I read all the pages the Google search engine would give me when I typed in the English words homosexual and bisexual. The pages that came up made my head hurt. I felt as though they were forcing upon me awareness, an acknowledgment, of an orientation that was not really mine. And yet the pages that came up on the screen when I searched for the Arabic equivalent, _al-mithliyya al-jinsiyya, all veered from tahrim to tajrim, interdiction to criminalization._
Seba al-Herz’s debut novel, The Others, tells the firsthand account of a Saudi teenager trying to reconcile her feelings of attraction to women—particularly Dai, the woman with whom the narrator first explores these feelings—with the strict Muslim beliefs that make up the framework that governs her country and her ideas of moral behavior. Throughout the book, the narrator battles with the needs of her body and the needs of her soul, and feels that many times the one betrays the other—that she betrays herself. She explains this inner struggle when she speaks of her feelings for Dai: “Dai sliced me into two parts: my body, glorying in its confections, and my self, so determined on purification from its offenses. How horrifically enormous my offense was when measured against the authority of the morals I had amassed through years of instruction.” Her confusion and pain are expressed through beautiful, descriptive prose that captures the struggle of repressed sexuality mixed with the struggles of repressed society.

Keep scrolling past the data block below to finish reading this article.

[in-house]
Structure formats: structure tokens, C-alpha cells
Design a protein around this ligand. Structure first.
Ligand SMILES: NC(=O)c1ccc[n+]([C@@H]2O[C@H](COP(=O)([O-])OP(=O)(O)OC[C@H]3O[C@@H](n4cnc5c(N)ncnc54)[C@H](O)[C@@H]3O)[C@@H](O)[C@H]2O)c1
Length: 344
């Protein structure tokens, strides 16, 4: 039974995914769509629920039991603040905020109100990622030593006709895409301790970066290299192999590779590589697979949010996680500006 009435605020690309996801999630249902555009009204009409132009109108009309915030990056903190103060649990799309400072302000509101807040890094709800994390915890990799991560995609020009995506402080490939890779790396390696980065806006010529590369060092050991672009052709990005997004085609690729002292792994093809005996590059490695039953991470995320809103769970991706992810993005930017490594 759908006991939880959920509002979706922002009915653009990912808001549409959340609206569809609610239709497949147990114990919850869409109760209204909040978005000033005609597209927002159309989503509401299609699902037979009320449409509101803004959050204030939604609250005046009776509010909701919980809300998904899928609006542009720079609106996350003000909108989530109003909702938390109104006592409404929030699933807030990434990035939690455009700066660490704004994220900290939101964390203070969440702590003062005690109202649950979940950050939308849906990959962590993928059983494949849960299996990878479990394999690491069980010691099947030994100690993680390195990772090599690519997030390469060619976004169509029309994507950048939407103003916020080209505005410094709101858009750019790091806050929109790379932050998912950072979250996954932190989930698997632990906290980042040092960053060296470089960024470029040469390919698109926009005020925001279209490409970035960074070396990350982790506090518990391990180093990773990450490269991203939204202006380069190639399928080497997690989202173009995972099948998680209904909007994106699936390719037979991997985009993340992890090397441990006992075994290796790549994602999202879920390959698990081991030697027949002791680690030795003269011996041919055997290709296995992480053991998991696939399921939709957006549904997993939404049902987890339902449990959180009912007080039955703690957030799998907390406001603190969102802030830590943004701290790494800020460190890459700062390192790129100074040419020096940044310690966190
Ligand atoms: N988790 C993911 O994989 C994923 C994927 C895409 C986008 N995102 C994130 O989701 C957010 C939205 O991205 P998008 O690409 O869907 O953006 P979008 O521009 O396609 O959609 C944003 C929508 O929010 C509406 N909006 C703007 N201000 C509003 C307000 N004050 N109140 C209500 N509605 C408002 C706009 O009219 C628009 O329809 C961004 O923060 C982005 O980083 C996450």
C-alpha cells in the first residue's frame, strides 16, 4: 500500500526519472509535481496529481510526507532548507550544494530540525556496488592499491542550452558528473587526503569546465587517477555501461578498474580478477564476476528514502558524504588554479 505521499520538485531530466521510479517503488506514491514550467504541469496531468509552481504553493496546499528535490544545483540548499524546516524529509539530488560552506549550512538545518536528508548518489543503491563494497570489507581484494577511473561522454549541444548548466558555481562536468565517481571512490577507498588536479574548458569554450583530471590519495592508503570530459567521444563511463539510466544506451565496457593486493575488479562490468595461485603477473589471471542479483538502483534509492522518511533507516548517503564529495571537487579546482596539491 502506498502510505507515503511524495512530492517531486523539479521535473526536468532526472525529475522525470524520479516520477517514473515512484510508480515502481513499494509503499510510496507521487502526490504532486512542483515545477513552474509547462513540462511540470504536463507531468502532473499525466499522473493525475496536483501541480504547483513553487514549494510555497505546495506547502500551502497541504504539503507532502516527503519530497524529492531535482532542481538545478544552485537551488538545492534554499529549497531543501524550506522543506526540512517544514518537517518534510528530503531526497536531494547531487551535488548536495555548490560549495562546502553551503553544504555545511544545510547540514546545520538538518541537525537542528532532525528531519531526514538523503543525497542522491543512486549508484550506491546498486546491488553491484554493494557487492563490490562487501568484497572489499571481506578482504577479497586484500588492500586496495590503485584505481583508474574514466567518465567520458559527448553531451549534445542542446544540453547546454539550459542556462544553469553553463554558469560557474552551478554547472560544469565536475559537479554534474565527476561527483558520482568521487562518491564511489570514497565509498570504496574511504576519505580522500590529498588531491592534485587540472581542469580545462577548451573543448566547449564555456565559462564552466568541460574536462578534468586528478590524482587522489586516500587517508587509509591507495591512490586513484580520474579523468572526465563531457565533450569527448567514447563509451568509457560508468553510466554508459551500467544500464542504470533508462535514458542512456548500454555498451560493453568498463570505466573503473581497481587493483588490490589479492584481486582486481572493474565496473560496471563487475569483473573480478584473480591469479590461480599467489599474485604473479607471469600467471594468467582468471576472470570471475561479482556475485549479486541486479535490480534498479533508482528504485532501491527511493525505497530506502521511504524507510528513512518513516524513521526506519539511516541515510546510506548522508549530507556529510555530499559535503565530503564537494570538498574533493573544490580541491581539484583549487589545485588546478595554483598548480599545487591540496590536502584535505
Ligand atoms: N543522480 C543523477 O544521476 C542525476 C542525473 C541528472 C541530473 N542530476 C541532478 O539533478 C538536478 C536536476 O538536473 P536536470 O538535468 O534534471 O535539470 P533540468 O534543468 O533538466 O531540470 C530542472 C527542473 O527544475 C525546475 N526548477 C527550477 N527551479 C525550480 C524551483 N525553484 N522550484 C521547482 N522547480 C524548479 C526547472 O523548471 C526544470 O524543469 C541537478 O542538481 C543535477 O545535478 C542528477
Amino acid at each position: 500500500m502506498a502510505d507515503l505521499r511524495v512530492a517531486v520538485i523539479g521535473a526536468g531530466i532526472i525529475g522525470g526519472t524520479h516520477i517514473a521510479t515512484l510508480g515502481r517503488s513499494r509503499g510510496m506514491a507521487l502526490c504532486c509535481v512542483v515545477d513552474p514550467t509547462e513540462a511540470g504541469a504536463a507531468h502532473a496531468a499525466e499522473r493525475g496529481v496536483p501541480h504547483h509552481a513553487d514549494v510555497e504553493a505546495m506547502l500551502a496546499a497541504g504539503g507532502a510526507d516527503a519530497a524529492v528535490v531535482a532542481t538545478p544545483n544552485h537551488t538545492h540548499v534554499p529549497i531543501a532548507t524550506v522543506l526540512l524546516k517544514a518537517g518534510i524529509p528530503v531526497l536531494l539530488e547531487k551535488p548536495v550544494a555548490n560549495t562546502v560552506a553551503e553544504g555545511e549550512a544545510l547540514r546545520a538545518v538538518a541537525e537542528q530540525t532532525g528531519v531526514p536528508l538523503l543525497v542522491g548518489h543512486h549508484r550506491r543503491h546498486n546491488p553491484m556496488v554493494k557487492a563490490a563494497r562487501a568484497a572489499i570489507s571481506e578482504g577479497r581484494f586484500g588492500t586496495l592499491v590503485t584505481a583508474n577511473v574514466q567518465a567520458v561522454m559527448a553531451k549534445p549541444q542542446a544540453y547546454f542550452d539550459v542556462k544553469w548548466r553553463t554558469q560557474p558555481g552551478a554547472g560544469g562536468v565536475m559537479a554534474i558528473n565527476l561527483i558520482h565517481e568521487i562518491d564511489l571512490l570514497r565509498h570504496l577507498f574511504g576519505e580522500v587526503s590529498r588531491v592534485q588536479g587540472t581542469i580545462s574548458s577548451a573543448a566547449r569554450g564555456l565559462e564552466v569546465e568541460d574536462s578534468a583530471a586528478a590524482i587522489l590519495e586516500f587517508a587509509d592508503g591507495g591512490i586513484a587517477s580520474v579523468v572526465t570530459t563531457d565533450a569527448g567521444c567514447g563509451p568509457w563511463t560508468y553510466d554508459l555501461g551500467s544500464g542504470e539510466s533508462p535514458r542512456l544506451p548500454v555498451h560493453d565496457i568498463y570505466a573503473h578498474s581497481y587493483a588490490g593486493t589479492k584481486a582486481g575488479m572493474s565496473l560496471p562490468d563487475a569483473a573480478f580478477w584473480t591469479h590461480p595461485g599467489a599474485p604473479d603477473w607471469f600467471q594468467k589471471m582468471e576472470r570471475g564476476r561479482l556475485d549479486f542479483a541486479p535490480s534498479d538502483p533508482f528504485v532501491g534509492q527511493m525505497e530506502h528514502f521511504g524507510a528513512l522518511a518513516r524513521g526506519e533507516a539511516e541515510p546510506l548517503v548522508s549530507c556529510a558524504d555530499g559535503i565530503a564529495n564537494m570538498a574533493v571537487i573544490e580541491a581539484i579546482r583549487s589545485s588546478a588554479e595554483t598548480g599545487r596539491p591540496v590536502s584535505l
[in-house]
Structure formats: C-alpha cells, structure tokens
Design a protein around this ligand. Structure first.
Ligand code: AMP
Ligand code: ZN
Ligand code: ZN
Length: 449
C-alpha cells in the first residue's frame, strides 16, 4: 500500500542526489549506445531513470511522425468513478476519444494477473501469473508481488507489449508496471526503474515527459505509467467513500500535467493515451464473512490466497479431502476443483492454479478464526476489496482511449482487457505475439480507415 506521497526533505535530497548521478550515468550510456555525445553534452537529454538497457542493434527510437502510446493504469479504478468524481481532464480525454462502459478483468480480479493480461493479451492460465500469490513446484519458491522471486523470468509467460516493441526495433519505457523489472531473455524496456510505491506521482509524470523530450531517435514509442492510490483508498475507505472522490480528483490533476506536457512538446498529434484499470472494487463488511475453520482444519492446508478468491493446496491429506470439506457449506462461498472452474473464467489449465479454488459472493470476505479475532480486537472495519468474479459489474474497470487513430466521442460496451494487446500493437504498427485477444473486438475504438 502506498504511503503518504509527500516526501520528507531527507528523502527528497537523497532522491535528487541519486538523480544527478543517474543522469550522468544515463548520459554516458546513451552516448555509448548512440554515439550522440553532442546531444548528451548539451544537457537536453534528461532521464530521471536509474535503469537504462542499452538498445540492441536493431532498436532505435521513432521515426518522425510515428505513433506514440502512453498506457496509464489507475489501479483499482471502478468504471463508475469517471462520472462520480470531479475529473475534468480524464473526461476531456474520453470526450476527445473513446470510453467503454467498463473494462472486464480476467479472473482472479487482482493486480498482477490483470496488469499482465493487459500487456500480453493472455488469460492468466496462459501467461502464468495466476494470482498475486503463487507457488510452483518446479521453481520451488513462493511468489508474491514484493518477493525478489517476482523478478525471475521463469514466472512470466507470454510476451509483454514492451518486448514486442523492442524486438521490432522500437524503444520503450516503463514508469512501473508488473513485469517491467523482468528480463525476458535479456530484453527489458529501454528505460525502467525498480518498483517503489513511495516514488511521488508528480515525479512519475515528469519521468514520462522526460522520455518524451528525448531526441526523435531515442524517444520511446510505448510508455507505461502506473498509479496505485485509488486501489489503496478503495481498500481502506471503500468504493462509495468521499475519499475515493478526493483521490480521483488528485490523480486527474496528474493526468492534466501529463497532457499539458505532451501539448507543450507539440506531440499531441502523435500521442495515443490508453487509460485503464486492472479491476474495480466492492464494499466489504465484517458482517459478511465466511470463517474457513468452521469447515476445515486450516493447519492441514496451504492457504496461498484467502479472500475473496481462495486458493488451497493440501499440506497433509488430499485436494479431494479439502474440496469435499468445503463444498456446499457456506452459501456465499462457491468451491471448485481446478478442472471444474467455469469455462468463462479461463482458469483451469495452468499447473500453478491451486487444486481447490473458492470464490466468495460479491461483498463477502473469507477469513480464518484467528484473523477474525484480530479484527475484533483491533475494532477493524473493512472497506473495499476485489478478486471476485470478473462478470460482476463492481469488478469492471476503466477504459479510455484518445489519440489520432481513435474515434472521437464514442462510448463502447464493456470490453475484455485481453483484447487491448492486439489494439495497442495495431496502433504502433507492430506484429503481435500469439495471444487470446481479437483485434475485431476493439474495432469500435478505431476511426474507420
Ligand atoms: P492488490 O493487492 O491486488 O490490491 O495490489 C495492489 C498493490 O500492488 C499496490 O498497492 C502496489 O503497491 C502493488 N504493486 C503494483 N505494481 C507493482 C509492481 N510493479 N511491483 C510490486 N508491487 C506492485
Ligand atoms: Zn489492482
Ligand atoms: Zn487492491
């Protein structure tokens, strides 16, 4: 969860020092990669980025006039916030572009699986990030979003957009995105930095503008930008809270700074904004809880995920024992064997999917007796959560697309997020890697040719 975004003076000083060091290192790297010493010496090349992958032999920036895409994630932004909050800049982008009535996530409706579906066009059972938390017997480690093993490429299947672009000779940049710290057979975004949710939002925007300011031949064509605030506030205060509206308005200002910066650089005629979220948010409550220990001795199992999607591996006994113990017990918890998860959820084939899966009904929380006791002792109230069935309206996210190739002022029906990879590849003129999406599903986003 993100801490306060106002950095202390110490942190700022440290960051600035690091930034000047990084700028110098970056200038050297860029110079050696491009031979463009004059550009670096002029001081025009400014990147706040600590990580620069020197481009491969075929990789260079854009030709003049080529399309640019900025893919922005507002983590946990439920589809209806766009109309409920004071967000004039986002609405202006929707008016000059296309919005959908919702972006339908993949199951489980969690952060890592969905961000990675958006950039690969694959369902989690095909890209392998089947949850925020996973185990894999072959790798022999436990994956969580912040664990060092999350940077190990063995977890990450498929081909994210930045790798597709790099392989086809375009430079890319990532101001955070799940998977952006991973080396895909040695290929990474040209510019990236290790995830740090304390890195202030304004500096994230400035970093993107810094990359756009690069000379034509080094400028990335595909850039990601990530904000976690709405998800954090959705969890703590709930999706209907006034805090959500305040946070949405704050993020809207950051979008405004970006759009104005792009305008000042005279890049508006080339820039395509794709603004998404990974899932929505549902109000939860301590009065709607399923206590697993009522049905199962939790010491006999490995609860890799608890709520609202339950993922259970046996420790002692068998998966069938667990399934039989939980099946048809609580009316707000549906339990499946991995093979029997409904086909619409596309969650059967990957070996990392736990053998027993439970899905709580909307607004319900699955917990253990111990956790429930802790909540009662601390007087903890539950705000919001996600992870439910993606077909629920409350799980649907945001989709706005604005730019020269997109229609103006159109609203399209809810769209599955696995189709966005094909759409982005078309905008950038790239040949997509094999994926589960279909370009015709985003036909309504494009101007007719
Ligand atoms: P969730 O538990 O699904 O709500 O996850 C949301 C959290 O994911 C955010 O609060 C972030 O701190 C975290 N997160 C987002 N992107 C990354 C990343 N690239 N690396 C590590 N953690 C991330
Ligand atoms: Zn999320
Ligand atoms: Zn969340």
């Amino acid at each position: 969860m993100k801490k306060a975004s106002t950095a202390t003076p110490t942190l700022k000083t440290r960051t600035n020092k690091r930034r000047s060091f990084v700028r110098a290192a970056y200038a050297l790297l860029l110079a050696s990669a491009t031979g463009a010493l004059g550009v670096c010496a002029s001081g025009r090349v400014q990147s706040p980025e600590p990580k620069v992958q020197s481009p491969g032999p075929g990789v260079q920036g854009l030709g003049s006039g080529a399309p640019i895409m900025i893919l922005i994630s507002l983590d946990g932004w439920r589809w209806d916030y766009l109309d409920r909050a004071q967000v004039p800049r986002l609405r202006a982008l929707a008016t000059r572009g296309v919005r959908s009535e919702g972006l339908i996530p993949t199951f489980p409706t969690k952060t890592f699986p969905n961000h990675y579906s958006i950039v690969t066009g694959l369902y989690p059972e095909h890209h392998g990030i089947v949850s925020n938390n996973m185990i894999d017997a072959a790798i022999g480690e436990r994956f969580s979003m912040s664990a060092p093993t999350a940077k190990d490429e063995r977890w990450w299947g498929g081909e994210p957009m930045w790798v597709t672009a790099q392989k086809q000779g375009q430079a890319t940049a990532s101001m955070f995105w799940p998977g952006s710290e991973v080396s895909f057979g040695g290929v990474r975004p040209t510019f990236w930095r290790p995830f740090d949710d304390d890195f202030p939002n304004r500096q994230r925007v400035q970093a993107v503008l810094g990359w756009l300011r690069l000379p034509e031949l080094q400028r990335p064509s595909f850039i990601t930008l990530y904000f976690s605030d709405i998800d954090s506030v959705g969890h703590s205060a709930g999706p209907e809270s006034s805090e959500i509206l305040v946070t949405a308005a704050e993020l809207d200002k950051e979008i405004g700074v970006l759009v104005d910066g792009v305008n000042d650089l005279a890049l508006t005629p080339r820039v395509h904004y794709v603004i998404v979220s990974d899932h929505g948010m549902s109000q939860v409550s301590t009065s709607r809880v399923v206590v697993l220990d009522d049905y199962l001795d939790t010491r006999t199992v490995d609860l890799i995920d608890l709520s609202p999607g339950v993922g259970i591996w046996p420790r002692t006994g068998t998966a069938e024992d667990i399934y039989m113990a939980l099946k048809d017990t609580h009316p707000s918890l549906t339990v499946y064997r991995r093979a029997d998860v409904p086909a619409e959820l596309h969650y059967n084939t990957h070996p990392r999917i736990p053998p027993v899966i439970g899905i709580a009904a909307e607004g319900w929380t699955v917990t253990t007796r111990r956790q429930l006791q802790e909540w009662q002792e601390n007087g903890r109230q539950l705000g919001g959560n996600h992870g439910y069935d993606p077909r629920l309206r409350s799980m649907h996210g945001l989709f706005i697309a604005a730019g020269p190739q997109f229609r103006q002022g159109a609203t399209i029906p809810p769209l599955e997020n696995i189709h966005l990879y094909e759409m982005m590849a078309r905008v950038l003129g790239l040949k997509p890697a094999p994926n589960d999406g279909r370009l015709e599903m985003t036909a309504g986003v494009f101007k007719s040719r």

Although al-Herz’s novel specifically addresses the difficulties faced by lesbian women in Saudi Arabia, her writing transcends those borders and can be applied in some manner to the lives of most women throughout the world. The struggle of reconciling the dialectic that sometimes exists between what we want for ourselves and what society expects of us, and the inability for us to express what we want to those close to us who we know will disapprove, is something that all women can relate to.